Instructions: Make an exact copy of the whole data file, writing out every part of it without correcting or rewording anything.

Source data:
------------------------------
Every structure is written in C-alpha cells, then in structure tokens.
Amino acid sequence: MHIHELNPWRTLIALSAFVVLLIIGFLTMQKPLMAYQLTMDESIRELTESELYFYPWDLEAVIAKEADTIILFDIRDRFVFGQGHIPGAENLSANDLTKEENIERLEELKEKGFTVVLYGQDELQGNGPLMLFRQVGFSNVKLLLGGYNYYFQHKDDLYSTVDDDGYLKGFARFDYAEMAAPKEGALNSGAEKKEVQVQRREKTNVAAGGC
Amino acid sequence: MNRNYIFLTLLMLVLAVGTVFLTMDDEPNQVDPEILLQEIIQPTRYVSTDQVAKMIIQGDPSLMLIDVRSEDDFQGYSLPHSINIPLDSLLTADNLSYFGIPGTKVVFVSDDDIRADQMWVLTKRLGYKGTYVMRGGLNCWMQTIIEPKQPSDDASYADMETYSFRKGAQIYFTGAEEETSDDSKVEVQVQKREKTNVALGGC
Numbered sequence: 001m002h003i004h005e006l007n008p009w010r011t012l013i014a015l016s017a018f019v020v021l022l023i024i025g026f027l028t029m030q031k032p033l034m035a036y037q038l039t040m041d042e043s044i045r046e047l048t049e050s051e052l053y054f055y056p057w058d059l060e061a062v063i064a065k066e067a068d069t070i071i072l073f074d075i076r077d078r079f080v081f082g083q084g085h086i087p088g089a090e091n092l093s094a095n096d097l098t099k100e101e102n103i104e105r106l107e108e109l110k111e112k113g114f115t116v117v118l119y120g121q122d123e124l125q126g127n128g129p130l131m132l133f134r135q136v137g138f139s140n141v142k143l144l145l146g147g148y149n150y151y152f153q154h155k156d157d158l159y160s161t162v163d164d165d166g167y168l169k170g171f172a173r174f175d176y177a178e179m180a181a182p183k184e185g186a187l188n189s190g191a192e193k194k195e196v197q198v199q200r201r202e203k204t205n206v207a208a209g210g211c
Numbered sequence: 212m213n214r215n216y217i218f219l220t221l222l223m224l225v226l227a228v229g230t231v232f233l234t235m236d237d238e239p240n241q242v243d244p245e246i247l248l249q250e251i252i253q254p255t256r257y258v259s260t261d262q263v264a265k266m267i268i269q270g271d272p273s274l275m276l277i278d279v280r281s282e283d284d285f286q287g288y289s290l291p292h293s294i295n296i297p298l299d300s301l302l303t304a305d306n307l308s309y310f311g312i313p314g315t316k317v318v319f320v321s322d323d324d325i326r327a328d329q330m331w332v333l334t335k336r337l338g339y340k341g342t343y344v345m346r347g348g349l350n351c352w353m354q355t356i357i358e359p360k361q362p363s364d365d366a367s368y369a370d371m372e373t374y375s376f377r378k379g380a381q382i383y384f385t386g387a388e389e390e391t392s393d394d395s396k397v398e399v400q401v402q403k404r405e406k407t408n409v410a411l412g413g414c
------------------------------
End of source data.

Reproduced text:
Every structure is written in C-alpha cells, then in structure tokens.
Amino acid sequence: MHIHELNPWRTLIALSAFVVLLIIGFLTMQKPLMAYQLTMDESIRELTESELYFYPWDLEAVIAKEADTIILFDIRDRFVFGQGHIPGAENLSANDLTKEENIERLEELKEKGFTVVLYGQDELQGNGPLMLFRQVGFSNVKLLLGGYNYYFQHKDDLYSTVDDDGYLKGFARFDYAEMAAPKEGALNSGAEKKEVQVQRREKTNVAAGGC
Amino acid sequence: MNRNYIFLTLLMLVLAVGTVFLTMDDEPNQVDPEILLQEIIQPTRYVSTDQVAKMIIQGDPSLMLIDVRSEDDFQGYSLPHSINIPLDSLLTADNLSYFGIPGTKVVFVSDDDIRADQMWVLTKRLGYKGTYVMRGGLNCWMQTIIEPKQPSDDASYADMETYSFRKGAQIYFTGAEEETSDDSKVEVQVQKREKTNVALGGC
Numbered sequence: 001m002h003i004h005e006l007n008p009w010r011t012l013i014a015l016s017a018f019v020v021l022l023i024i025g026f027l028t029m030q031k032p033l034m035a036y037q038l039t040m041d042e043s044i045r046e047l048t049e050s051e052l053y054f055y056p057w058d059l060e061a062v063i064a065k066e067a068d069t070i071i072l073f074d075i076r077d078r079f080v081f082g083q084g085h086i087p088g089a090e091n092l093s094a095n096d097l098t099k100e101e102n103i104e105r106l107e108e109l110k111e112k113g114f115t116v117v118l119y120g121q122d123e124l125q126g127n128g129p130l131m132l133f134r135q136v137g138f139s140n141v142k143l144l145l146g147g148y149n150y151y152f153q154h155k156d157d158l159y160s161t162v163d164d165d166g167y168l169k170g171f172a173r174f175d176y177a178e179m180a181a182p183k184e185g186a187l188n189s190g191a192e193k194k195e196v197q198v199q200r201r202e203k204t205n206v207a208a209g210g211c
Numbered sequence: 212m213n214r215n216y217i218f219l220t221l222l223m224l225v226l227a228v229g230t231v232f233l234t235m236d237d238e239p240n241q242v243d244p245e246i247l248l249q250e251i252i253q254p255t256r257y258v259s260t261d262q263v264a265k266m267i268i269q270g271d272p273s274l275m276l277i278d279v280r281s282e283d284d285f286q287g288y289s290l291p292h293s294i295n296i297p298l299d300s301l302l303t304a305d306n307l308s309y310f311g312i313p314g315t316k317v318v319f320v321s322d323d324d325i326r327a328d329q330m331w332v333l334t335k336r337l338g339y340k341g342t343y344v345m346r347g348g349l350n351c352w353m354q355t356i357i358e359p360k361q362p363s364d365d366a367s368y369a370d371m372e373t374y375s376f377r378k379g380a381q382i383y384f385t386g387a388e389e390e391t392s393d394d395s396k397v398e399v400q401v402q403k404r405e406k407t408n409v410a411l412g413g414c